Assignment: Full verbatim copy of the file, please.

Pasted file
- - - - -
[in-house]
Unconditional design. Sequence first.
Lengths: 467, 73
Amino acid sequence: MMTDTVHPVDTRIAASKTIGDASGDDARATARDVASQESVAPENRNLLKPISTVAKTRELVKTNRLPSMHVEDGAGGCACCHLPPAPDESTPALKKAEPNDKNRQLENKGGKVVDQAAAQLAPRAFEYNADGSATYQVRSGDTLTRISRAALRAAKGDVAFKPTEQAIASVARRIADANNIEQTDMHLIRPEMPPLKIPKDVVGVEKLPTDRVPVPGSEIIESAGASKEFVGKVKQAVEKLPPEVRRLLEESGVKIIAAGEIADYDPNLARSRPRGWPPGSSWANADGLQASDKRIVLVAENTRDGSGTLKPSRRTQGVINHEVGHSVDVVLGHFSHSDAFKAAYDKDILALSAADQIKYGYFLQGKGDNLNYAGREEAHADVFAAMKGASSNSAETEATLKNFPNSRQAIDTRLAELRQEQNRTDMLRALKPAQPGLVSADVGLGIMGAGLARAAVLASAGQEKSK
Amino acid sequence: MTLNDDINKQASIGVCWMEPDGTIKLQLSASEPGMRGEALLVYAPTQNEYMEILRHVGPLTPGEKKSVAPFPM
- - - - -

[in-house]
Unconditional design. Sequence first.
Lengths: 467, 73
Amino acid sequence: MMTDTVHPVDTRIAASKTIGDASGDDARATARDVASQESVAPENRNLLKPISTVAKTRELVKTNRLPSMHVEDGAGGCACCHLPPAPDESTPALKKAEPNDKNRQLENKGGKVVDQAAAQLAPRAFEYNADGSATYQVRSGDTLTRISRAALRAAKGDVAFKPTEQAIASVARRIADANNIEQTDMHLIRPEMPPLKIPKDVVGVEKLPTDRVPVPGSEIIESAGASKEFVGKVKQAVEKLPPEVRRLLEESGVKIIAAGEIADYDPNLARSRPRGWPPGSSWANADGLQASDKRIVLVAENTRDGSGTLKPSRRTQGVINHEVGHSVDVVLGHFSHSDAFKAAYDKDILALSAADQIKYGYFLQGKGDNLNYAGREEAHADVFAAMKGASSNSAETEATLKNFPNSRQAIDTRLAELRQEQNRTDMLRALKPAQPGLVSADVGLGIMGAGLARAAVLASAGQEKSK
Amino acid sequence: MTLNDDINKQASIGVCWMEPDGTIKLQLSASEPGMRGEALLVYAPTQNEYMEILRHVGPLTPGEKKSVAPFPM